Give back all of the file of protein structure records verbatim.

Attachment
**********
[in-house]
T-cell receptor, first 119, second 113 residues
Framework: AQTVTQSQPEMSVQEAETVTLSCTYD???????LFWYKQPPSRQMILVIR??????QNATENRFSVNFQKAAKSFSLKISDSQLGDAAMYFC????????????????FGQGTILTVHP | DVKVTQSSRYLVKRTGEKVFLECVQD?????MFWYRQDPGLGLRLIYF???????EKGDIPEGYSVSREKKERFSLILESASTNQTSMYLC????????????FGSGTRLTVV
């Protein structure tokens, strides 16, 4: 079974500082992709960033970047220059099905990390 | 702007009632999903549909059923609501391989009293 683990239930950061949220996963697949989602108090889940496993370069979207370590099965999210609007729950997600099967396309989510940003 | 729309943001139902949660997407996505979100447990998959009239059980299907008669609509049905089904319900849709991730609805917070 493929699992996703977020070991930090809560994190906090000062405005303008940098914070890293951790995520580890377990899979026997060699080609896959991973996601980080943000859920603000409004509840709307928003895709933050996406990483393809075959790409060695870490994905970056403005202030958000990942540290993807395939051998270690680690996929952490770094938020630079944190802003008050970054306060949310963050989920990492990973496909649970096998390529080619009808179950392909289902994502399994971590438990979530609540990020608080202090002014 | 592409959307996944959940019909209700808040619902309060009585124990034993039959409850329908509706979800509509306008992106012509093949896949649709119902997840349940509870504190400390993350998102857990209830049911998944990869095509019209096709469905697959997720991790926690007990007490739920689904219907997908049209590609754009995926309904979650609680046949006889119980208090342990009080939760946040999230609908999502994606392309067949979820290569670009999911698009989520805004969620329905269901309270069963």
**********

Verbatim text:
[in-house]
T-cell receptor, first 119, second 113 residues
Framework: AQTVTQSQPEMSVQEAETVTLSCTYD???????LFWYKQPPSRQMILVIR??????QNATENRFSVNFQKAAKSFSLKISDSQLGDAAMYFC????????????????FGQGTILTVHP | DVKVTQSSRYLVKRTGEKVFLECVQD?????MFWYRQDPGLGLRLIYF???????EKGDIPEGYSVSREKKERFSLILESASTNQTSMYLC????????????FGSGTRLTVV
């Protein structure tokens, strides 16, 4: 079974500082992709960033970047220059099905990390 | 702007009632999903549909059923609501391989009293 683990239930950061949220996963697949989602108090889940496993370069979207370590099965999210609007729950997600099967396309989510940003 | 729309943001139902949660997407996505979100447990998959009239059980299907008669609509049905089904319900849709991730609805917070 493929699992996703977020070991930090809560994190906090000062405005303008940098914070890293951790995520580890377990899979026997060699080609896959991973996601980080943000859920603000409004509840709307928003895709933050996406990483393809075959790409060695870490994905970056403005202030958000990942540290993807395939051998270690680690996929952490770094938020630079944190802003008050970054306060949310963050989920990492990973496909649970096998390529080619009808179950392909289902994502399994971590438990979530609540990020608080202090002014 | 592409959307996944959940019909209700808040619902309060009585124990034993039959409850329908509706979800509509306008992106012509093949896949649709119902997840349940509870504190400390993350998102857990209830049911998944990869095509019209096709469905697959997720991790926690007990007490739920689904219907997908049209590609754009995926309904979650609680046949006889119980208090342990009080939760946040999230609908999502994606392309067949979820290569670009999911698009989520805004969620329905269901309270069963």